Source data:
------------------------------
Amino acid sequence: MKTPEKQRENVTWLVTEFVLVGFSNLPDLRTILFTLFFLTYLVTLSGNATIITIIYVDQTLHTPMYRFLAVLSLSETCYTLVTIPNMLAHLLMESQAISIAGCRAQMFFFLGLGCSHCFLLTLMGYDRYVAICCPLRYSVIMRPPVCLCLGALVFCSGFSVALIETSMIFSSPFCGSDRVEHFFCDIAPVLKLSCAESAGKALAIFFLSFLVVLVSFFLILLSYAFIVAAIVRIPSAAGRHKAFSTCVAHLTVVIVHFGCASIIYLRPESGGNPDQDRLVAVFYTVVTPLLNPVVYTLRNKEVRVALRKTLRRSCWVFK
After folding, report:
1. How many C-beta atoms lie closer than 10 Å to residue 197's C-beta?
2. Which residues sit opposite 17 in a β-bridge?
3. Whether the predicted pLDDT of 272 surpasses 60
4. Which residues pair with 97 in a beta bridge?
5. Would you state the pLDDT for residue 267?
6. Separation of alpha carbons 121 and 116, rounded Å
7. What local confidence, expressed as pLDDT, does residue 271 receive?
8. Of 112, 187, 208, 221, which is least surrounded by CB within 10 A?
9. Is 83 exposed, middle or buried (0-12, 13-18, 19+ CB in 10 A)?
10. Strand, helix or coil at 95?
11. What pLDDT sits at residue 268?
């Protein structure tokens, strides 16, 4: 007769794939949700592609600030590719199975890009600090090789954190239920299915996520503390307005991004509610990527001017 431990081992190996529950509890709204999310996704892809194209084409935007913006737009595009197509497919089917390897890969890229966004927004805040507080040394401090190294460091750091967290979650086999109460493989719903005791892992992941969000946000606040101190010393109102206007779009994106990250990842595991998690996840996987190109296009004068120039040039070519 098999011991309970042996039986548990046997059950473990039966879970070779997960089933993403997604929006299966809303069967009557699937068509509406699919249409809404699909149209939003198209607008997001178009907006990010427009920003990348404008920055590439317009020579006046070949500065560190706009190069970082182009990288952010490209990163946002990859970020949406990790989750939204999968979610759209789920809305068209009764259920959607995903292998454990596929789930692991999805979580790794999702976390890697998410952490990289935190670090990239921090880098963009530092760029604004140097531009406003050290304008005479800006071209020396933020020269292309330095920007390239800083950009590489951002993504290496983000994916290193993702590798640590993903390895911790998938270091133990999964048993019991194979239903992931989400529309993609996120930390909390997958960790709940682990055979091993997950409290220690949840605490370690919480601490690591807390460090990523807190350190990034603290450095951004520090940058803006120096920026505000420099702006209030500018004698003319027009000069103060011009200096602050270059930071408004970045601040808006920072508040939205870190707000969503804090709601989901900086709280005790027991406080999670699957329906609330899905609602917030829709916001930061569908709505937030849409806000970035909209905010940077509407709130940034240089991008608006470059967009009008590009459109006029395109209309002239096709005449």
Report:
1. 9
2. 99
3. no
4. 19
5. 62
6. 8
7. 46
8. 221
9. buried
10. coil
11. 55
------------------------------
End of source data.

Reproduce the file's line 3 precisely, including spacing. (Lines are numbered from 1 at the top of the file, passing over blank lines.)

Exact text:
1. How many C-beta atoms lie closer than 10 Å to residue 197's C-beta?